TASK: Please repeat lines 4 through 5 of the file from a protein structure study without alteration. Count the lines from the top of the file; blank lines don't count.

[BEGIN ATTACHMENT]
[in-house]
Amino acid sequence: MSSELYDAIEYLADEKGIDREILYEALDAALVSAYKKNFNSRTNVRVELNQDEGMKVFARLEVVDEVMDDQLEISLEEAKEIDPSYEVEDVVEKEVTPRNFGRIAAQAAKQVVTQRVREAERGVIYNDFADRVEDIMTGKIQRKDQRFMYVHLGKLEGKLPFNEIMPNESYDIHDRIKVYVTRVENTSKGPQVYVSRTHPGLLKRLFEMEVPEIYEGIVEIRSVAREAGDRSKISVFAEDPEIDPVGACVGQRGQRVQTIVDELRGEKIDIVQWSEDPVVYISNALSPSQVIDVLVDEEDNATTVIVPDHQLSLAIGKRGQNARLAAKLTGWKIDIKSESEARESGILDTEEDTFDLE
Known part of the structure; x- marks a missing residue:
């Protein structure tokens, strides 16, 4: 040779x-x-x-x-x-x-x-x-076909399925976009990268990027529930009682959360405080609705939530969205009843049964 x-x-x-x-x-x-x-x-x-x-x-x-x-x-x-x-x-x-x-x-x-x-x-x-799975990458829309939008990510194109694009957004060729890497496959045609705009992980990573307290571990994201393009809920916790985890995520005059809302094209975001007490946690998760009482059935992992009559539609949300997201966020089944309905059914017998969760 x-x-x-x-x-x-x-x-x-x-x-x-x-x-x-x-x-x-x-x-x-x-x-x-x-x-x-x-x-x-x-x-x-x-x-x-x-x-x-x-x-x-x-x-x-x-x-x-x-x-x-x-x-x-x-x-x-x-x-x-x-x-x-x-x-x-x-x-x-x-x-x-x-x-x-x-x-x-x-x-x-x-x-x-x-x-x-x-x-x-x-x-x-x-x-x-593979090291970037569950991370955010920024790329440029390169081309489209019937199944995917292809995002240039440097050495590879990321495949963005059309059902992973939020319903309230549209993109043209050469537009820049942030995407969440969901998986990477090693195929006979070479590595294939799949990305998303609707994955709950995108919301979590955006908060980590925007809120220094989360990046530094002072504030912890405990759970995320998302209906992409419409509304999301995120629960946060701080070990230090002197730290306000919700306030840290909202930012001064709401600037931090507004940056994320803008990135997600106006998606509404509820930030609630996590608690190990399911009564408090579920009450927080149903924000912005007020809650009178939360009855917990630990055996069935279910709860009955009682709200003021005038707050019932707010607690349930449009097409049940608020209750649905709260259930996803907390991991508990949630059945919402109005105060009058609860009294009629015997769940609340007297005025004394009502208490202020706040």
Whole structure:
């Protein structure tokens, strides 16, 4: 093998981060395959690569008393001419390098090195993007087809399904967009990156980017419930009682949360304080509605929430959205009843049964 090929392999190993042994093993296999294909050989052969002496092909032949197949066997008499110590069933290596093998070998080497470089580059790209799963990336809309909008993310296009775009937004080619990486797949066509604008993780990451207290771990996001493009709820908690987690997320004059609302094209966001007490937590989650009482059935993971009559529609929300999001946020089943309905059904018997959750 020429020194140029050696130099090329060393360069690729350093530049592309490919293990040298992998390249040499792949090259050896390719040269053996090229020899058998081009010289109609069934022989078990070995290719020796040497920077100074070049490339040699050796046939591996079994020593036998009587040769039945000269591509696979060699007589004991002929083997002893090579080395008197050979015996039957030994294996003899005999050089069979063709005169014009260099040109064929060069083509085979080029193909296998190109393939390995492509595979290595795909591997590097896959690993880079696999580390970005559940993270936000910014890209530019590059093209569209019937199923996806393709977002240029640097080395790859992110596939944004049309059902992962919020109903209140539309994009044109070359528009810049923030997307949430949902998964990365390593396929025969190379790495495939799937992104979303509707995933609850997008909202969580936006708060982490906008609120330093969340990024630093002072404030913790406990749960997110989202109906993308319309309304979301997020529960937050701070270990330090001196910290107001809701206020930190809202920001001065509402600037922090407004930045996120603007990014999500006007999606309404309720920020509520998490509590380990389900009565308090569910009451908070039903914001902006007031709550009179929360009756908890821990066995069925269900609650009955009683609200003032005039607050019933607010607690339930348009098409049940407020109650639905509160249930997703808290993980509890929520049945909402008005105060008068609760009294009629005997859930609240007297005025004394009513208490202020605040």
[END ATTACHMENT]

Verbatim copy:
């Protein structure tokens, strides 16, 4: 040779x-x-x-x-x-x-x-x-076909399925976009990268990027529930009682959360405080609705939530969205009843049964 x-x-x-x-x-x-x-x-x-x-x-x-x-x-x-x-x-x-x-x-x-x-x-x-799975990458829309939008990510194109694009957004060729890497496959045609705009992980990573307290571990994201393009809920916790985890995520005059809302094209975001007490946690998760009482059935992992009559539609949300997201966020089944309905059914017998969760 x-x-x-x-x-x-x-x-x-x-x-x-x-x-x-x-x-x-x-x-x-x-x-x-x-x-x-x-x-x-x-x-x-x-x-x-x-x-x-x-x-x-x-x-x-x-x-x-x-x-x-x-x-x-x-x-x-x-x-x-x-x-x-x-x-x-x-x-x-x-x-x-x-x-x-x-x-x-x-x-x-x-x-x-x-x-x-x-x-x-x-x-x-x-x-x-593979090291970037569950991370955010920024790329440029390169081309489209019937199944995917292809995002240039440097050495590879990321495949963005059309059902992973939020319903309230549209993109043209050469537009820049942030995407969440969901998986990477090693195929006979070479590595294939799949990305998303609707994955709950995108919301979590955006908060980590925007809120220094989360990046530094002072504030912890405990759970995320998302209906992409419409509304999301995120629960946060701080070990230090002197730290306000919700306030840290909202930012001064709401600037931090507004940056994320803008990135997600106006998606509404509820930030609630996590608690190990399911009564408090579920009450927080149903924000912005007020809650009178939360009855917990630990055996069935279910709860009955009682709200003021005038707050019932707010607690349930449009097409049940608020209750649905709260259930996803907390991991508990949630059945919402109005105060009058609860009294009629015997769940609340007297005025004394009502208490202020706040």
Whole structure: